Dec 06 2014

Saturday Search Findings: A Map of the Bridgehampton Race Circuit


Search: Information on the Bridgehampton Race Circuit. Submitted by Ed Callo. Posted 12/12/2014
 

Ed Callo: "You are the expert on all things Long Island.  Going through my fathers old stuff I found an undated  11"X 17" Bridgehampton course map the shows a tunnel where the bridge was.  Was there ever a tunnel?  I always remember it as a bridge but don't really remember much from when my parents dragged me out there when I was 2 or 3.What do you thing they meant by "Potters Field?"

Guy Frost: "As seen in this latter map, there was a pedestrian tunnel to the infield. In the late 1950s, the tunnel collapsed and was filled in. Potters Field became Parking Field #3."

Was Arents Turn related to veteran Vanderbilt Cup Race driver George Arents?

Howard Kroplick: It is likely the Arents Turn was named for George Arents, III, the son of Vanderbilt Cup Race driver George Arents, Jr..  George Arents, III (later known confusingly as George Arents, Jr.) raced Ferraris at many races including Bridgehampton Race Circuit on Long Island in the 1960s. Besides his personal racing "hobby" his most important contribution to motor racing is founding and funding the North American Racing Team with Ferrari importer Luigi Chinetti and Jan de Vroom in 1956. Chinetti ran it and Arents and de Vroom supplied the funding. NART raced with much success all over the world until '70 or '71 including winning Le Mans in 1965.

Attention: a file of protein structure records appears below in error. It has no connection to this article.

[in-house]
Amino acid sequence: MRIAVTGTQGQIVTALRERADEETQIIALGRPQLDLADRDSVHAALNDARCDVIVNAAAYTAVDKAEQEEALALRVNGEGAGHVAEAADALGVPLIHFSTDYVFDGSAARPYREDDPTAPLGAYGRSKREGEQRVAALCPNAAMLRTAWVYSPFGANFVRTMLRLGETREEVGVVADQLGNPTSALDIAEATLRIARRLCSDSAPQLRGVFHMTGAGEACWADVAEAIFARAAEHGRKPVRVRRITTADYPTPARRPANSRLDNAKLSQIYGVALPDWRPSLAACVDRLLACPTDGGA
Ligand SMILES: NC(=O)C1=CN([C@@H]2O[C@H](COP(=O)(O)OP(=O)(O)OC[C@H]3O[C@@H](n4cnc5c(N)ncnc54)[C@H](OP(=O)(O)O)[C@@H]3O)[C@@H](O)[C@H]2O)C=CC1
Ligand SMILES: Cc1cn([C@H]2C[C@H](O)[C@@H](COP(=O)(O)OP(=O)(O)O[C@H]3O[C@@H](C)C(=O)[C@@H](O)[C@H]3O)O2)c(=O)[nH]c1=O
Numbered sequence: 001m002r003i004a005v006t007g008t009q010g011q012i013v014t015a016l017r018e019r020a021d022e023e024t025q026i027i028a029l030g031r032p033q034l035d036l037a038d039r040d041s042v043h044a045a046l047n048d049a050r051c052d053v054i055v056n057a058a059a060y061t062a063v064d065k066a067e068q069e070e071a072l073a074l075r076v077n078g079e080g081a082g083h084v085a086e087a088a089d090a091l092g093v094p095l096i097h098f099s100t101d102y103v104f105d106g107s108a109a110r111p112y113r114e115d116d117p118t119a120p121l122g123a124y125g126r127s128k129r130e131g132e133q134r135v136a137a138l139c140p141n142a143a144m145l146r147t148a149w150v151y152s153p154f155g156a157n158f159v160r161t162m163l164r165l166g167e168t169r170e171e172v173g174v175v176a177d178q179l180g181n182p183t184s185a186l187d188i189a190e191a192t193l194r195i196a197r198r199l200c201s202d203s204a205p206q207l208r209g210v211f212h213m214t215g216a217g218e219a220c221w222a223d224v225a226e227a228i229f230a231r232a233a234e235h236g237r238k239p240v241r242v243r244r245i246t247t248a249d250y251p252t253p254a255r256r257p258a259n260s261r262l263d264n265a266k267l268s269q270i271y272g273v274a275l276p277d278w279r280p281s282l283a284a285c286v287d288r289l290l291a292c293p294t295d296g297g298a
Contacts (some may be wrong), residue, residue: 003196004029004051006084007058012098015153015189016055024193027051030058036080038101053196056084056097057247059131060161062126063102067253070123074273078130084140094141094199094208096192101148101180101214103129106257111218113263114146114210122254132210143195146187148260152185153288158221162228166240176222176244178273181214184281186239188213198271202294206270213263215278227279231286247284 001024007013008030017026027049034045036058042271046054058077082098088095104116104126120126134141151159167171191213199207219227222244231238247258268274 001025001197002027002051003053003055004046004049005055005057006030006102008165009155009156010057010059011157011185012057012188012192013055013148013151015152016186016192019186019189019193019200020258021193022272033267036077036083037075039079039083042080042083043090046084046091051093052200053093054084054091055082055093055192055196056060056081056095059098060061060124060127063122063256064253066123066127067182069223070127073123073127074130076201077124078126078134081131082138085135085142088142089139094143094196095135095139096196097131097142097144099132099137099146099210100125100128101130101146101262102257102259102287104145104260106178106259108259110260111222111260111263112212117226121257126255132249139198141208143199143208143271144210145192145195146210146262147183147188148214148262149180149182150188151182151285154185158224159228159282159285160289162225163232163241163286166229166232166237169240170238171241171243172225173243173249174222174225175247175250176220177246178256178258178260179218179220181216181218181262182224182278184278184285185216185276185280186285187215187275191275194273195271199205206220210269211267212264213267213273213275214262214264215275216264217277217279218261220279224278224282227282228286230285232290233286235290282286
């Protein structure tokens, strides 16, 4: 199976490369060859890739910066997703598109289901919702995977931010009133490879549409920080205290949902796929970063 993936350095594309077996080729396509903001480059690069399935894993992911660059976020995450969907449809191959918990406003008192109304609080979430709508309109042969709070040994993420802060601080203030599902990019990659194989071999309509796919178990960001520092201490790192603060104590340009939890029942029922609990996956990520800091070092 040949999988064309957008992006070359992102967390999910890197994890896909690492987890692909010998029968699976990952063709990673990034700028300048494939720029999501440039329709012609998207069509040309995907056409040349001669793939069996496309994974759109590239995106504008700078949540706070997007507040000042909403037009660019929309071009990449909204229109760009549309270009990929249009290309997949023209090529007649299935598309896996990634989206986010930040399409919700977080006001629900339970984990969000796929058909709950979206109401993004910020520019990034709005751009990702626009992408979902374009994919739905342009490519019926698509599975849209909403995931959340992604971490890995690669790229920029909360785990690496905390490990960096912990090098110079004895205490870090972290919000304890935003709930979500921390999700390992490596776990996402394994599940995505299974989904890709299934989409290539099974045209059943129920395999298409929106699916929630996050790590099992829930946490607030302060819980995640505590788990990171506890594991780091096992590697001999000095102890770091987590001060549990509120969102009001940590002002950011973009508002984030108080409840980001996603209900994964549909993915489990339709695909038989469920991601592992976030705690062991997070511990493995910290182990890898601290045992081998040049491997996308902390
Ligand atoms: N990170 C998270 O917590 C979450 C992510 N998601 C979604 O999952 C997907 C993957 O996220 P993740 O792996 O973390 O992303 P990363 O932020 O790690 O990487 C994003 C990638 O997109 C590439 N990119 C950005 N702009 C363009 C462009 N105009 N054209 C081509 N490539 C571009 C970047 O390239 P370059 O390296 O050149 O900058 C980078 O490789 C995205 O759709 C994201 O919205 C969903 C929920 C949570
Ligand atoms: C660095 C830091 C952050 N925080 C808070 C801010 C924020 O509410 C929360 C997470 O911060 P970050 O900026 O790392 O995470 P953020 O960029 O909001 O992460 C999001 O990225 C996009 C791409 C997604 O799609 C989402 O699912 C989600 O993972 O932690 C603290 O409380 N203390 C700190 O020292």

George Arents, III (left) and his father George Arents, Jr at Bridgehampton in the 1950s.



Comments

Dec 15 2014 john mesawich 12:11 PM

I remember my first visit to The Bridge in 1979.  The tunnel was just a concrete culvert.  It disappeared in 1980-81.  Arents turn was named after the first racer to crash there.  George Arents.

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